Appalachian Trail Communities

A Network of Trailside Communities


North Adams: Newest AT Community!

Upper Valley Land Trust Preserves Norwich Parcel | Valley News

Norwich — The Upper Valley Land Trust says it has acquired conservation easements to protect more than 70 acres of

Source: Upper Valley Land Trust Preserves Norwich Parcel | Valley News

Next Gen Advice for the Trail

NGAC pic

Be a Stewardship Hero   *  Build Community     *   Inspire Future Adventures

Next Generation Advisory Council

The world-famous Appalachian Trail (A.T.), with its unparalleled scenic beauty and opportunities for adventure, can’t take care of itself. The Appalachian Trail Conservancy (ATC) and the National Park Service are charged with protecting the Trail, now and for future generations. We need YOU to advise us on how to reach the next generation of Trail guardians and engage them in protecting this wondrous Trail.  Become a member of the Next Generation Advisory Council and help us build a powerful voice for the People’s Path: The Appalachian Trail!

What is the Next Generation Advisory Council?
The Next Generation Advisory Council, under the tutelage of the ATC Stewardship Council, helps to shape policies, campaigns, and strategies in order to safeguard the Appalachian Trail’s future as a recreational, environmental, historical, and wellness asset for the world.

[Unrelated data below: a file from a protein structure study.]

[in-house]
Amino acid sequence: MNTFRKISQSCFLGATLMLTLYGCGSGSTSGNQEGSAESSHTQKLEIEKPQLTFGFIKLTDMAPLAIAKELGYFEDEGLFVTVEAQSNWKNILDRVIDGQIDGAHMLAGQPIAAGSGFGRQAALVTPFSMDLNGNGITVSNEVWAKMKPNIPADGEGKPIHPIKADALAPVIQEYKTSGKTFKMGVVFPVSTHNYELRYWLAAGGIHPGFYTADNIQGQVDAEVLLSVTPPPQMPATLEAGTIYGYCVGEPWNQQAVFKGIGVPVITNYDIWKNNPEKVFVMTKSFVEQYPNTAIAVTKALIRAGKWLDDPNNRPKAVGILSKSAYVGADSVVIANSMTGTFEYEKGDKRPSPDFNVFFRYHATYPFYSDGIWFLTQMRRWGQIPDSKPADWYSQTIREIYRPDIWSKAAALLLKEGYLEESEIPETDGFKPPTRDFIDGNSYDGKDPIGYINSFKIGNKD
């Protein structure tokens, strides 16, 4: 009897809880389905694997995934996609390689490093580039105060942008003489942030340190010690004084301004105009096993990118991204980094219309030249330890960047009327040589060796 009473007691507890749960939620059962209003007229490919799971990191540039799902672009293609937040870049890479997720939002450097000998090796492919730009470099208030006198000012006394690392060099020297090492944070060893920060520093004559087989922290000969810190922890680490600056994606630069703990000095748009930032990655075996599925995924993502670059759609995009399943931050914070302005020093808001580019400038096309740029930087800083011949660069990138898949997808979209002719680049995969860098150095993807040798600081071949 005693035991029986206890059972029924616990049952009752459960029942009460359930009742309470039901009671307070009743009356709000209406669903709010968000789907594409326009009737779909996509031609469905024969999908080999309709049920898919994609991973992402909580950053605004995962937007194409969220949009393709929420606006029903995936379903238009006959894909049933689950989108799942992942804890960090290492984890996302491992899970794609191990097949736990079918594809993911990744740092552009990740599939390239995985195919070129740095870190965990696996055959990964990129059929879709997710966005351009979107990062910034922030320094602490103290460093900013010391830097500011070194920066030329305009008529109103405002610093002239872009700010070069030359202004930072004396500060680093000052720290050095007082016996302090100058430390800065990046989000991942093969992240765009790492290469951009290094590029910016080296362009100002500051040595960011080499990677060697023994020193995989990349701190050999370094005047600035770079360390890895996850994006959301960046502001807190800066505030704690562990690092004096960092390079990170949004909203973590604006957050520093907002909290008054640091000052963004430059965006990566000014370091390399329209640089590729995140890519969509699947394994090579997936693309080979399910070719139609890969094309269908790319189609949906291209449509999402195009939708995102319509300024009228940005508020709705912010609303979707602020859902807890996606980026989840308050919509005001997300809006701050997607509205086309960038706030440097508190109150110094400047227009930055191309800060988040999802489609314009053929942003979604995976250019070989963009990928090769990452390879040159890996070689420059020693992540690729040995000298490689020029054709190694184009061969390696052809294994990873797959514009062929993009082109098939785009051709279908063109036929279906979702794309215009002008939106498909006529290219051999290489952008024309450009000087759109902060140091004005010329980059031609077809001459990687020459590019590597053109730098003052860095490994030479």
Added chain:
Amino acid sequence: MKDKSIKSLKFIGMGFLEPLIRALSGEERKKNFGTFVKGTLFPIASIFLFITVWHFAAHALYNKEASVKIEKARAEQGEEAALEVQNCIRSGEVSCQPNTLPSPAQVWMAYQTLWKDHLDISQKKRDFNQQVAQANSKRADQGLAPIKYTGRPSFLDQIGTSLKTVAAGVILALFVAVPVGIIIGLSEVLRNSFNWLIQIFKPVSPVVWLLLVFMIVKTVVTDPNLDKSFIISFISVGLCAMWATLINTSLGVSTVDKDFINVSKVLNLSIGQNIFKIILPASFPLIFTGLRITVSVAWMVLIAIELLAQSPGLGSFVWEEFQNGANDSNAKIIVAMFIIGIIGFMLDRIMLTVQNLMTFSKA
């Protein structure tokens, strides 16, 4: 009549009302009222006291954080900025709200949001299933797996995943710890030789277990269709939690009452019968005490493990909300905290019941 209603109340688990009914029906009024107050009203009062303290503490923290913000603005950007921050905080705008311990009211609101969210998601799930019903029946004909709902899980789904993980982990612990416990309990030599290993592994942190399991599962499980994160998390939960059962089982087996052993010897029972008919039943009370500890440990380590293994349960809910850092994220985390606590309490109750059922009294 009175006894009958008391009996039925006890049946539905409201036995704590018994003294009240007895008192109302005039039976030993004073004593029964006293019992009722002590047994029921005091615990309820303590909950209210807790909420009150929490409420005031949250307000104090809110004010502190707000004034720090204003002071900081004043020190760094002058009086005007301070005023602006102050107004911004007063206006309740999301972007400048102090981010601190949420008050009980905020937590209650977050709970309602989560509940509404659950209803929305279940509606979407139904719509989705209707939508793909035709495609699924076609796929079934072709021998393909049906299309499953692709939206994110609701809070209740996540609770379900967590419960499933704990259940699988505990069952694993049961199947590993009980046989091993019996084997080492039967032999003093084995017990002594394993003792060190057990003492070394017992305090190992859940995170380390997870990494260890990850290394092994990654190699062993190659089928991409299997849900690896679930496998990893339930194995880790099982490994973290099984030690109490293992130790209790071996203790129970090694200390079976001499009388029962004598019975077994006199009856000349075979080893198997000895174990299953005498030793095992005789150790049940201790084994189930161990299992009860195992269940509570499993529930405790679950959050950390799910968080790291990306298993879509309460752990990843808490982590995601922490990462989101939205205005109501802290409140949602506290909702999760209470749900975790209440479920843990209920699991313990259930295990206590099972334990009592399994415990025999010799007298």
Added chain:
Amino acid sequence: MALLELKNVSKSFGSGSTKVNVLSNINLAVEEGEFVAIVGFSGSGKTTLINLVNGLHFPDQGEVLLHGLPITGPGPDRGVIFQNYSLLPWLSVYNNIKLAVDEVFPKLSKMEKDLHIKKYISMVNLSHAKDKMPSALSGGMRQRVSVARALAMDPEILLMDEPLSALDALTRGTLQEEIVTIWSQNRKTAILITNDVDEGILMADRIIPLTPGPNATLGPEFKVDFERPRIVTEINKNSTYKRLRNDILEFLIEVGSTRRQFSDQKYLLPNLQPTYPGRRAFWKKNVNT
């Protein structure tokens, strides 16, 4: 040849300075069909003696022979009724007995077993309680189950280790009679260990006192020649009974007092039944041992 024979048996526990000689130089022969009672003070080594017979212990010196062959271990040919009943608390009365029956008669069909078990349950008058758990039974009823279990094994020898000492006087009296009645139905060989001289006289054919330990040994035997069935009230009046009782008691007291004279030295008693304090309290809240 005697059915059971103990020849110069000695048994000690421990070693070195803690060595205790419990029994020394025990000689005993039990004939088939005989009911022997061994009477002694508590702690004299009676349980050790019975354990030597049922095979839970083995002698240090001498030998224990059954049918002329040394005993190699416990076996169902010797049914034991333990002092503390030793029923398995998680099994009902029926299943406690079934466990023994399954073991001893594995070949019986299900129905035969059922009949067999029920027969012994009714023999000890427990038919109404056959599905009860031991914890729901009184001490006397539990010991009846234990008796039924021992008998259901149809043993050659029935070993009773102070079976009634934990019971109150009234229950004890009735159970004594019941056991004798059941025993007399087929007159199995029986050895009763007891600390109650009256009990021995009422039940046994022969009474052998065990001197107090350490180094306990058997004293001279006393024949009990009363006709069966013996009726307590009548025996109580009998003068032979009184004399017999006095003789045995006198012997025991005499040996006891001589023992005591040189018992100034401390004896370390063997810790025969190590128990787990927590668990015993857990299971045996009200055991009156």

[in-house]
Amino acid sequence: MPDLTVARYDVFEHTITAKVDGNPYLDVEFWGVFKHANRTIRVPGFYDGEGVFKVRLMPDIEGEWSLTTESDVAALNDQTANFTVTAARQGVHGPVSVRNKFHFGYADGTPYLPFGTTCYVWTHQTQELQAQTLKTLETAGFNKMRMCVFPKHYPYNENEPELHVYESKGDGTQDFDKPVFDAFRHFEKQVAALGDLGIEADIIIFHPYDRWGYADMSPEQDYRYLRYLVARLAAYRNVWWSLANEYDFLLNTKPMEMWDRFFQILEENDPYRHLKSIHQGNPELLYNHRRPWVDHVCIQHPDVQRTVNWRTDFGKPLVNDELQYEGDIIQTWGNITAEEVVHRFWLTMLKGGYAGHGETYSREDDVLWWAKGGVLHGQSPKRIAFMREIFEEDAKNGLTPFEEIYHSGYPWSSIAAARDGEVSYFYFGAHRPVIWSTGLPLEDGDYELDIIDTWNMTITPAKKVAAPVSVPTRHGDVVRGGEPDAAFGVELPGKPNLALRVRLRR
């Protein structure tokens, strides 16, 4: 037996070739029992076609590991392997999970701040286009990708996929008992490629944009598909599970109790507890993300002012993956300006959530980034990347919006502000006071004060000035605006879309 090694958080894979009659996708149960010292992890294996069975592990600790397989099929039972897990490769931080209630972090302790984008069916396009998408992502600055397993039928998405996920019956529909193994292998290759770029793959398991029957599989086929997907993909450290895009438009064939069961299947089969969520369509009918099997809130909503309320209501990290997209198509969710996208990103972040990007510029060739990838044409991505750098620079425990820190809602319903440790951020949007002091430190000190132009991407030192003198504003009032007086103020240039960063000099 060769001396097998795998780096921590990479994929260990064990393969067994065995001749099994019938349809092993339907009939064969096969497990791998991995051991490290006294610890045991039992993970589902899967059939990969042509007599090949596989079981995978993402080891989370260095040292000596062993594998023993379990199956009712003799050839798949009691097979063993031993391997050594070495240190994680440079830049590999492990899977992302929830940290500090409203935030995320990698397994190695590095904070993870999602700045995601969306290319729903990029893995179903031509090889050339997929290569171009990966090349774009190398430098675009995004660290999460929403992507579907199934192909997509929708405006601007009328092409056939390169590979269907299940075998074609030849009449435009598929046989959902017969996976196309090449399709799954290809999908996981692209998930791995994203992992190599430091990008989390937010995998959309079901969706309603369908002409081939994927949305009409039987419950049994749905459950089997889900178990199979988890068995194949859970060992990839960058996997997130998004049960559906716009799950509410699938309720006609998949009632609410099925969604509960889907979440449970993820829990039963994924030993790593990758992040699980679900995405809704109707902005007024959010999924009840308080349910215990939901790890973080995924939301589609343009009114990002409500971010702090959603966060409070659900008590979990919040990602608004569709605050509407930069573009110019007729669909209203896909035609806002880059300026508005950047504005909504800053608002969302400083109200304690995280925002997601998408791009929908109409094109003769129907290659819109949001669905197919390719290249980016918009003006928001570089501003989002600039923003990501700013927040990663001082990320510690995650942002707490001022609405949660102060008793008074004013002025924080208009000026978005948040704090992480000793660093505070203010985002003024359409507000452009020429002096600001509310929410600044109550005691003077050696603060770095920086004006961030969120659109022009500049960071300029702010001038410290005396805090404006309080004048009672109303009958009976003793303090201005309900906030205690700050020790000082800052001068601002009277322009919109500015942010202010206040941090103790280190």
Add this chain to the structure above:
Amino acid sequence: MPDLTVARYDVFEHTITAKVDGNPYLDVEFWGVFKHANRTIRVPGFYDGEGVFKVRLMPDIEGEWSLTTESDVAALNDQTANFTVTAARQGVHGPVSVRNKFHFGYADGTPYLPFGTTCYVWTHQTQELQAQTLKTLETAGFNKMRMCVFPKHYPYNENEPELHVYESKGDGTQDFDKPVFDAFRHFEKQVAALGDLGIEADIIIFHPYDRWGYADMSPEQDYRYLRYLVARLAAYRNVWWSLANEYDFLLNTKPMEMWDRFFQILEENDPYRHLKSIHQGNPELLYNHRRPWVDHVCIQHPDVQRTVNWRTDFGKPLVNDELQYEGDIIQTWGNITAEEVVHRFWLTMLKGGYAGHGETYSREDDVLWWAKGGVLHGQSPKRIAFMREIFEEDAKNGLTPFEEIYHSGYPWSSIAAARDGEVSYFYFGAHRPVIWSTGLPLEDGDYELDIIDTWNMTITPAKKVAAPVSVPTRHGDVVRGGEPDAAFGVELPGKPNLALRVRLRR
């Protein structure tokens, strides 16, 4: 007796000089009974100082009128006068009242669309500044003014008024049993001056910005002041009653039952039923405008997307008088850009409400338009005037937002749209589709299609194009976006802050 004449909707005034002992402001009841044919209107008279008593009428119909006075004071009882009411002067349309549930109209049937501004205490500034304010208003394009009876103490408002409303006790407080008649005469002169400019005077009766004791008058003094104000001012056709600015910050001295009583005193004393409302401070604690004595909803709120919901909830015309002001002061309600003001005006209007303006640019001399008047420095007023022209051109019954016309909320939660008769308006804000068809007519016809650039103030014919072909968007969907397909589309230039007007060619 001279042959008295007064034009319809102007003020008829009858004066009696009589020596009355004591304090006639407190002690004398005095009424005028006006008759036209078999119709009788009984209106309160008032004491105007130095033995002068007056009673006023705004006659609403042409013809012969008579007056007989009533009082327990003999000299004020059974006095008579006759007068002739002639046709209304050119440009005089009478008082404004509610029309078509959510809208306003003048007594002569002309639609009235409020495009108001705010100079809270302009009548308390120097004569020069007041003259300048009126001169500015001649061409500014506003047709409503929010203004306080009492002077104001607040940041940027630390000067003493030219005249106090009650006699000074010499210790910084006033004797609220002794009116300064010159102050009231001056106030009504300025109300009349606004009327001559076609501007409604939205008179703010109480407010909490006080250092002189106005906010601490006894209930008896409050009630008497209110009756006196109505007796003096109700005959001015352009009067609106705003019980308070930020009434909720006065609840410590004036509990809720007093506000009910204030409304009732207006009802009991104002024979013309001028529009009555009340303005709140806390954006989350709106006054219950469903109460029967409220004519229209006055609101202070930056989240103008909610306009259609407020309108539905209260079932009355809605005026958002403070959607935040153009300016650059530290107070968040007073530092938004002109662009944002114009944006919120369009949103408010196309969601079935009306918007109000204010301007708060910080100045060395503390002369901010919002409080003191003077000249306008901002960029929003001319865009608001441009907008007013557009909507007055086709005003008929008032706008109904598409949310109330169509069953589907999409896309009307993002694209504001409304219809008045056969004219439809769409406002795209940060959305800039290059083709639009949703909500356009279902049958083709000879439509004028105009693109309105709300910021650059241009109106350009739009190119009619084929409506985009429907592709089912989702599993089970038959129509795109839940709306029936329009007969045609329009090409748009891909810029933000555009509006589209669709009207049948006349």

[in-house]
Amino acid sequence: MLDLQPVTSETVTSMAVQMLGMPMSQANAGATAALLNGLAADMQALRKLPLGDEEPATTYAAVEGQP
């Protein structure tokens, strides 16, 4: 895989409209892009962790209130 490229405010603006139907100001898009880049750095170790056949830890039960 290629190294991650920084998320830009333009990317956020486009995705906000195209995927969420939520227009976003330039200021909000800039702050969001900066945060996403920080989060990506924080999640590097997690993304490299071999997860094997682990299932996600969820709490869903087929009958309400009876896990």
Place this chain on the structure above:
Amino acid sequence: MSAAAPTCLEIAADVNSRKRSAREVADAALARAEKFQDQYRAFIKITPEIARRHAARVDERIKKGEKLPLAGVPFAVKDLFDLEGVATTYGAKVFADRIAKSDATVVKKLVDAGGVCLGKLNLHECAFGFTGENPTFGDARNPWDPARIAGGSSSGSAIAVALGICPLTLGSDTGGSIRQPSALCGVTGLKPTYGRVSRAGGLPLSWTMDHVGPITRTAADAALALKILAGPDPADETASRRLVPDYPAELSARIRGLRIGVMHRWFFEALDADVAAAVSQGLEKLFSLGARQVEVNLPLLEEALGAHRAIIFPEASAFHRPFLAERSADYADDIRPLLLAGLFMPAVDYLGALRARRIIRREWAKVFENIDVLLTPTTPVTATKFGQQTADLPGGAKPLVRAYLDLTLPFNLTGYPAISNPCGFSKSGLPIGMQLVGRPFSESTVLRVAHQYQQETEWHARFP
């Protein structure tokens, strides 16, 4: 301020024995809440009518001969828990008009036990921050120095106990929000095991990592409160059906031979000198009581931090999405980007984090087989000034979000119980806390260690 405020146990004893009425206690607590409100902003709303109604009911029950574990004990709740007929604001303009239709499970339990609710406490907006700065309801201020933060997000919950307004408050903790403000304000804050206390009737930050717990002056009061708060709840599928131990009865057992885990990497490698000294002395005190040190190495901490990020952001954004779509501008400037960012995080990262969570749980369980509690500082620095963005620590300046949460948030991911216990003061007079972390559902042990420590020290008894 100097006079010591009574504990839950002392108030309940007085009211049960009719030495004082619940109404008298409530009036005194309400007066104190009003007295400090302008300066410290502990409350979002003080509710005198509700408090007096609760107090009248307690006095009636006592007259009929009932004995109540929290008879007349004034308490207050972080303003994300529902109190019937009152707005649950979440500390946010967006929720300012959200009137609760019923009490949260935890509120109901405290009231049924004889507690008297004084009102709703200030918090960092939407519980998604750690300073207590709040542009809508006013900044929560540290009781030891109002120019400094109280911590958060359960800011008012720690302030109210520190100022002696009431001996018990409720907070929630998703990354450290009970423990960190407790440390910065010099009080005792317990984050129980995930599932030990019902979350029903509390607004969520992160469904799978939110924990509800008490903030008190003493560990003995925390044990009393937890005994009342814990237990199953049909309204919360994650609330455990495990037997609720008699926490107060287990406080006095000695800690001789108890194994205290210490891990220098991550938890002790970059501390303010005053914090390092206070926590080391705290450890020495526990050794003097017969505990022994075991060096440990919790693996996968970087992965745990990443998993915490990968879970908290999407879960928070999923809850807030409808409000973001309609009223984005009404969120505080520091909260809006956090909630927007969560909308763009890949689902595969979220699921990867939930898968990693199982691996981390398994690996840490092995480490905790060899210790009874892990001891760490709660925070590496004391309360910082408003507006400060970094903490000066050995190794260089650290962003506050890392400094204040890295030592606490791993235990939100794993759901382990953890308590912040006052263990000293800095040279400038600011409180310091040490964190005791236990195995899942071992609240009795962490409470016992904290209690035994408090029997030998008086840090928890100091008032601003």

The Next Generation Advisory Council will create a mission, vision, governance structure, and descriptive role for current and future Council members to follow.

To support the goal of broader relevancy, a facet of ATC’s new Strategic Plan, the 10-member Council will:

  • Find pathways to increase youth involvement within ATC and on the Trail
  • Add and strengthen diverse participation in ATC’s management structure
  • Provide opportunities for youth to contribute to, experience, and learn from Trail managers and partners
  • Advise and inform ATC on partnership opportunities
  • Be ambassadors and leaders for A.T. stewardship in their communities
  • Infuse a younger and more diverse voice into ATC programs and policies designed to encourage membership, advocacy, and leadership


  • Council members will participate in a Training and Orientation workshop weekend which will include:
    • An introduction to the Cooperative Management System
    • Workshops on the conservation and stewardship concerns of the A.T.